The floating arrangement of the installations “Fermate” (1995-1999) and “Gleichgewicht” (equilibrium) (2000) suggest not only suspension and weight but also ascendance and floating. This impression is continued without interruption into the large-format paintings and paper lengths painted with acrylic paint. The coating of paint is very delicate; the lacquer-like application suggestive of shading which creates an impression of plasticity is not disturbed by internal detailing. The form is not given concrete expression by internal detail so that any interpretation must remain incomplete. These figures also appear to float in space. They seem fragile, the shapes suggesting bodies. They are, like the sculptures of Hans (Jean) Arps, an “invention” of natural forms. As a result of this similarity of their nature to the real world the observer feels directly addressed. For this reason these beings can seemingly be recognised.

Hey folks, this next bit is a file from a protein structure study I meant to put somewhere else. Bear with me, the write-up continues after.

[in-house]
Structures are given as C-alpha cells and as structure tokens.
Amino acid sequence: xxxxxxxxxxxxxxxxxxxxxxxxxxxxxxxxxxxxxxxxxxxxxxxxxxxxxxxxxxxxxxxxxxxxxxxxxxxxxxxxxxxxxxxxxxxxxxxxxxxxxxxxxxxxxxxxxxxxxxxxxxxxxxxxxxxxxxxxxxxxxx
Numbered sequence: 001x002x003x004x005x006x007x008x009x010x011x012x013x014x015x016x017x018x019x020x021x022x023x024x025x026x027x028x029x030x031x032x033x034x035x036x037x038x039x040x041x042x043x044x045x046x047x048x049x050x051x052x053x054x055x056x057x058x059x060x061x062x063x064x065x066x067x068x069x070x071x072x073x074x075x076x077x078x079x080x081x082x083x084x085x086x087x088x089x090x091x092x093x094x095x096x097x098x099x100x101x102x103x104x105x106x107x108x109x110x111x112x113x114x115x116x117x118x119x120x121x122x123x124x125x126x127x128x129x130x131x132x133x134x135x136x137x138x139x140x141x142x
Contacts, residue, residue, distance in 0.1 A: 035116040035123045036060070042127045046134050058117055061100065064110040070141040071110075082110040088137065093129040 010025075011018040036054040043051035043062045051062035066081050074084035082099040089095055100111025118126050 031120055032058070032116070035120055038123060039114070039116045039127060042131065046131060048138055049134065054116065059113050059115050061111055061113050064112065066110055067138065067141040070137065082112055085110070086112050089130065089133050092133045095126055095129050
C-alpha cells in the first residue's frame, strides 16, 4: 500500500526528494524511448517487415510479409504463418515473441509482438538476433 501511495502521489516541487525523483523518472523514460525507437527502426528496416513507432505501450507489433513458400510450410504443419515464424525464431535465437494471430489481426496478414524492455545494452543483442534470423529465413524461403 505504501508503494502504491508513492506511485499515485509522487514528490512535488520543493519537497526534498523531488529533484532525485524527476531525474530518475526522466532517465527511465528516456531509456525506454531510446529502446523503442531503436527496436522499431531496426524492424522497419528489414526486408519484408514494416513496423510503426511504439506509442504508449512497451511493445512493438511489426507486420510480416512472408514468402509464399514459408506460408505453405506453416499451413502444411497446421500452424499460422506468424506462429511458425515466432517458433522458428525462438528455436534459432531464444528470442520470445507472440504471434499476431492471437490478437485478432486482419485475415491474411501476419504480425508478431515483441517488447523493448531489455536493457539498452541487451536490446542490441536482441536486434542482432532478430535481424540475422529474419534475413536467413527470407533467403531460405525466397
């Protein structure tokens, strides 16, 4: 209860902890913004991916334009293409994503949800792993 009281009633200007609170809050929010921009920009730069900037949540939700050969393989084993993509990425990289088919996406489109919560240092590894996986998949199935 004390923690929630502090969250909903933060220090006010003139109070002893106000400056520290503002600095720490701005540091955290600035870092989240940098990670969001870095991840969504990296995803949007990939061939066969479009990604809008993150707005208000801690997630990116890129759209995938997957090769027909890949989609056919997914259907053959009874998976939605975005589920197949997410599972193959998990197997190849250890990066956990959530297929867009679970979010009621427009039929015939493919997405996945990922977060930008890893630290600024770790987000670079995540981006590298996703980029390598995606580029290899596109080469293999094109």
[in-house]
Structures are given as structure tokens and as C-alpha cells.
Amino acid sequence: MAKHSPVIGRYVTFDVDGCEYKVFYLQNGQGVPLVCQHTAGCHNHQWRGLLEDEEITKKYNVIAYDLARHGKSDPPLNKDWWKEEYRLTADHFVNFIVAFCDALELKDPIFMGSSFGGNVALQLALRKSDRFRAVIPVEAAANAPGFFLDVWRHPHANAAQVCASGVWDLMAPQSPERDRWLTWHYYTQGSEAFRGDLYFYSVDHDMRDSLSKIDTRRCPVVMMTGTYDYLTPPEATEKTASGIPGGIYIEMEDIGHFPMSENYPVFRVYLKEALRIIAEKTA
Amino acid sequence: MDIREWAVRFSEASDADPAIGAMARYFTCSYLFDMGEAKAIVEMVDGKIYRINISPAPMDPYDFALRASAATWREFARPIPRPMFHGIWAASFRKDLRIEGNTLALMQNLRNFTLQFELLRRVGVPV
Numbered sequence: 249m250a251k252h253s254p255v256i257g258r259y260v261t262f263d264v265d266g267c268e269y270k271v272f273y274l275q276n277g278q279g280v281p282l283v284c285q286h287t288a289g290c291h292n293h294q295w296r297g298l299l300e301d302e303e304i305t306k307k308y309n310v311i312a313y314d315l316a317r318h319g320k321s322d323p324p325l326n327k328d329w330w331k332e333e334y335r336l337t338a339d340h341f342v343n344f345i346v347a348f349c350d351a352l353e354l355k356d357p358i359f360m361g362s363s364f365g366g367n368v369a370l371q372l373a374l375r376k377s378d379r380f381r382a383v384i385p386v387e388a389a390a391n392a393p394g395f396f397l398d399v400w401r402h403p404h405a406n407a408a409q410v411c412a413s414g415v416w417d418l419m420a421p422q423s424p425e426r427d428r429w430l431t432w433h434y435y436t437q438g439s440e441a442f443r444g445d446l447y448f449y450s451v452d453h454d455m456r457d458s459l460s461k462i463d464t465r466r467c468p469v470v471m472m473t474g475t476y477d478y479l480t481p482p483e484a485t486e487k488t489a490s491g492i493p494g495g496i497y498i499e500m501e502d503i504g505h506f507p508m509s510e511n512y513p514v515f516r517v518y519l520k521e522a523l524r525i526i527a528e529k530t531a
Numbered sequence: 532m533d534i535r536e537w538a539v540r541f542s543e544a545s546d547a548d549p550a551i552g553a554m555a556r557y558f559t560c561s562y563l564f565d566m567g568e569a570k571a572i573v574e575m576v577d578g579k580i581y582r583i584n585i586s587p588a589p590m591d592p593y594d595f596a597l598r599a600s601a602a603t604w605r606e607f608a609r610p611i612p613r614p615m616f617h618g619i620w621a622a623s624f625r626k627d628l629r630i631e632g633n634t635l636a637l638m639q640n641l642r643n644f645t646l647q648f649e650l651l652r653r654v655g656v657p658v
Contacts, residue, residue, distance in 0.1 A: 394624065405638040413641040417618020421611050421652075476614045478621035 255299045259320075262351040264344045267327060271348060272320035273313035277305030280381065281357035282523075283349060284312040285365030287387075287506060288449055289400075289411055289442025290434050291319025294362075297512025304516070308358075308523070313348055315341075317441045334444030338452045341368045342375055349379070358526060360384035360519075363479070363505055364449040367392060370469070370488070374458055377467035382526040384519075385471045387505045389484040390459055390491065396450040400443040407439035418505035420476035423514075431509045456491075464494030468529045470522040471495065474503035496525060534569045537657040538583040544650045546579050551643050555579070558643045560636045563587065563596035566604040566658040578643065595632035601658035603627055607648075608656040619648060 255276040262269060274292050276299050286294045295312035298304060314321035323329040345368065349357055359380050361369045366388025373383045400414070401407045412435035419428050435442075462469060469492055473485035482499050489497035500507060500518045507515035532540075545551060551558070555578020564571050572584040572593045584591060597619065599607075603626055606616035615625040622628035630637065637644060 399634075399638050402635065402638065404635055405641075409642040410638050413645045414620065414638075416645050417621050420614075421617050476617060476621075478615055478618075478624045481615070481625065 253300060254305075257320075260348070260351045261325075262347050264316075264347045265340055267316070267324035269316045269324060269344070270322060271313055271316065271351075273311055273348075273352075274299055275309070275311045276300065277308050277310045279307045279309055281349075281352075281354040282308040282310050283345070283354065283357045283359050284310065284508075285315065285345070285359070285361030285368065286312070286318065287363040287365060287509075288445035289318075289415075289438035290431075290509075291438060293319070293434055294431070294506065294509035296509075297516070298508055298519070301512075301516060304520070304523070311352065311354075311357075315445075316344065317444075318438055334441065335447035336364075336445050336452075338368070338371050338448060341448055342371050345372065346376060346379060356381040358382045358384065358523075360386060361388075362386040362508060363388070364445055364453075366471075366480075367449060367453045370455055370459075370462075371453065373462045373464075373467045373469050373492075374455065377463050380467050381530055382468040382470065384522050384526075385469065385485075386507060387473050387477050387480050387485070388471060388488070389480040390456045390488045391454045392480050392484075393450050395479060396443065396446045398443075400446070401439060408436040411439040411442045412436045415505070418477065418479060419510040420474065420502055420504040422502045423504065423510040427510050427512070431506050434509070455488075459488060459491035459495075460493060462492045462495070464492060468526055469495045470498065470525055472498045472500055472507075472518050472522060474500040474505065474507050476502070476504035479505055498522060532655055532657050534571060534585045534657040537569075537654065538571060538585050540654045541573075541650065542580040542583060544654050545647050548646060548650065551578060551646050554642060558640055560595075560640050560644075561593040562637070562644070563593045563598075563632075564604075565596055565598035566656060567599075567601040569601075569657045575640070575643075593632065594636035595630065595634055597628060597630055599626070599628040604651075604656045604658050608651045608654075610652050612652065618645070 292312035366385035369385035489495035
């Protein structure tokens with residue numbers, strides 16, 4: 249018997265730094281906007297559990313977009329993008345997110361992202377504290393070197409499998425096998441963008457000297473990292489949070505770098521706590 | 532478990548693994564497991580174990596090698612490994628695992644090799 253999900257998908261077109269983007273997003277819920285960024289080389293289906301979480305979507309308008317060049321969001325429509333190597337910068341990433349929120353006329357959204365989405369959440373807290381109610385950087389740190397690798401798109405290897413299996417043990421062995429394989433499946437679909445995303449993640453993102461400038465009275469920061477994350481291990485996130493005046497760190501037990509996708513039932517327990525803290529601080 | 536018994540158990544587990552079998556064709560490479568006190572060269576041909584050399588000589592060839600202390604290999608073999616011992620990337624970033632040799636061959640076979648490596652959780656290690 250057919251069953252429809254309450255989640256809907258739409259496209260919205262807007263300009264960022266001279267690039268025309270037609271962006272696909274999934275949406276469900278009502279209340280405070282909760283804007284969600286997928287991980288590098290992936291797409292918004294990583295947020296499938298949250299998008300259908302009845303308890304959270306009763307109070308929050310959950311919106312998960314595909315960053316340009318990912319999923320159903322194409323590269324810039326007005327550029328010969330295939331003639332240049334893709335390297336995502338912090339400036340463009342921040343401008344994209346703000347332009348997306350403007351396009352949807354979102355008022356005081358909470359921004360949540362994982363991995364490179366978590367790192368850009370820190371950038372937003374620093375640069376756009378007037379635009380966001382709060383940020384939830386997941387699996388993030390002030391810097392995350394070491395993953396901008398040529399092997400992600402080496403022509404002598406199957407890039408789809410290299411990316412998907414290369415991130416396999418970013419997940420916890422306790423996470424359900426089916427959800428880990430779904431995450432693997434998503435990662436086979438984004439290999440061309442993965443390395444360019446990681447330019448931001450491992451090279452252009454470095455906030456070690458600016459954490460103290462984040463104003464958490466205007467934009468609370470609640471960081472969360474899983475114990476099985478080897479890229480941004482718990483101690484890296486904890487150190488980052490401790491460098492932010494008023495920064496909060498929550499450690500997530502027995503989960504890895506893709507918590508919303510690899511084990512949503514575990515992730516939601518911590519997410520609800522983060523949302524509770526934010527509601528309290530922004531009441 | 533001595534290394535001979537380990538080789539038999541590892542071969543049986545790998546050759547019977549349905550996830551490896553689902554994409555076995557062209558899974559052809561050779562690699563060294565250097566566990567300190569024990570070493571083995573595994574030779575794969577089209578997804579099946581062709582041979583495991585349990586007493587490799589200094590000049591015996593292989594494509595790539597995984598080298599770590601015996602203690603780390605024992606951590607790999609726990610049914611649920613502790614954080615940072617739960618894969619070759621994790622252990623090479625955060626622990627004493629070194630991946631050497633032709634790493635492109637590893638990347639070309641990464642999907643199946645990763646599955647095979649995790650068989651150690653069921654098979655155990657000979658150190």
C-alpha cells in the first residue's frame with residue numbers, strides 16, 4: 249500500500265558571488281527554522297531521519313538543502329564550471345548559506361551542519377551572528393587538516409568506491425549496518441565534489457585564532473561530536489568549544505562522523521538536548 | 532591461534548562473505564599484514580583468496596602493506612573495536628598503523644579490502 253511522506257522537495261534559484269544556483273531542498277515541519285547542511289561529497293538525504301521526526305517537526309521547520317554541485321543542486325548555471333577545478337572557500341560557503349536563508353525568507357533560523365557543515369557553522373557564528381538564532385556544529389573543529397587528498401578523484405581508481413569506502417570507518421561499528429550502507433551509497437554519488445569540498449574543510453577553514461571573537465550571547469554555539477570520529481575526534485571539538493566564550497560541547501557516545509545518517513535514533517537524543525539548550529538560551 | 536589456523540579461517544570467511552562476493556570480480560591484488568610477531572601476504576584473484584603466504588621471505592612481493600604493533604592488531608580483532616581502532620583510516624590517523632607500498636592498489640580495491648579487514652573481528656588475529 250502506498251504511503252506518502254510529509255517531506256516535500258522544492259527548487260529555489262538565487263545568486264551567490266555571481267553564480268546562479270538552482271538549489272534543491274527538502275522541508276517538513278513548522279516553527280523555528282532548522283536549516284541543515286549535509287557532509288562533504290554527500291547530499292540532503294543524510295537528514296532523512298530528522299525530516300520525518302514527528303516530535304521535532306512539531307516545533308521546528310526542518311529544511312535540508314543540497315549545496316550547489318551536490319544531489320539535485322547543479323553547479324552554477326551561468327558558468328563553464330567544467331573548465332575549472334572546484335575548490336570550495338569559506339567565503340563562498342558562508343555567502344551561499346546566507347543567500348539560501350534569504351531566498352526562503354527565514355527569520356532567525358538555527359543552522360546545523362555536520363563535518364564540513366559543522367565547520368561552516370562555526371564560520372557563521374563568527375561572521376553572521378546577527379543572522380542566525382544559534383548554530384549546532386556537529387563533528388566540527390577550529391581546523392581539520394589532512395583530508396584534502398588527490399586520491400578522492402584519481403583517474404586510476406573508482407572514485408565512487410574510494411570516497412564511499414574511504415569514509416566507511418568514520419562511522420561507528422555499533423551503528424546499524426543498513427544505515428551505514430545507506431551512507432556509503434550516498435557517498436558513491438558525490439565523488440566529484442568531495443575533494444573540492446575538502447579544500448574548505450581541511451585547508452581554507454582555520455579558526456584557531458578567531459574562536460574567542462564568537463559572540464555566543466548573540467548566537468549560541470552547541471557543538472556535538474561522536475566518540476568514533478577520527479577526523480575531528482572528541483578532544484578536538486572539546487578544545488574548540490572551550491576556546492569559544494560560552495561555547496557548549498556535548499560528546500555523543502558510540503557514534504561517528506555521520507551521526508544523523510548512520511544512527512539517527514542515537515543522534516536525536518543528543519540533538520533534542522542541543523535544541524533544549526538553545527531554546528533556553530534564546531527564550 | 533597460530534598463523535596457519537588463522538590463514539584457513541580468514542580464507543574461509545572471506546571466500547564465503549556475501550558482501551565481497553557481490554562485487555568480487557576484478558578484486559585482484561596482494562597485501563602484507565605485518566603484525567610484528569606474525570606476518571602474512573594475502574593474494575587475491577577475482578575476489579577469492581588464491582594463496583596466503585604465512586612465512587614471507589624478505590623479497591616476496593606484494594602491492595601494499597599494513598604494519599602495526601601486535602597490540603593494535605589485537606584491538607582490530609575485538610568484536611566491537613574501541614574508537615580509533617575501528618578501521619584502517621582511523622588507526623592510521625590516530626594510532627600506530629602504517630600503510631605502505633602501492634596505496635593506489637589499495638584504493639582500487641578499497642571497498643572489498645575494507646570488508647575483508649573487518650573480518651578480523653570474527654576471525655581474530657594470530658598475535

The shaded contours are in reality highly reduced outlines. They generalise and abstract in the manner of a straightforward drawn outline. Like these they require the observer to complete the picture in his mind analogous for example to the pictures of Norbert Frensch where a trace of light shining from black dammar resin lacquer creates a suggestion of a rounded form which the observer imagines as a metal dish in a black space. Here the relationship to the plaster casts is clear. The artist arrives at her central theme again and again using different techniques.
Katharina Oehlert produced these forms in advance in woven pictures and subsequently cut them up and re-created them between black silk warp threads in the woven fabric on the loom. The delicately adumbrated form becomes an element in the overall continuum of the weave. It loses its autonomy by being integrated in the picture as a whole and becomes a detail in the narrative landscape of the picture.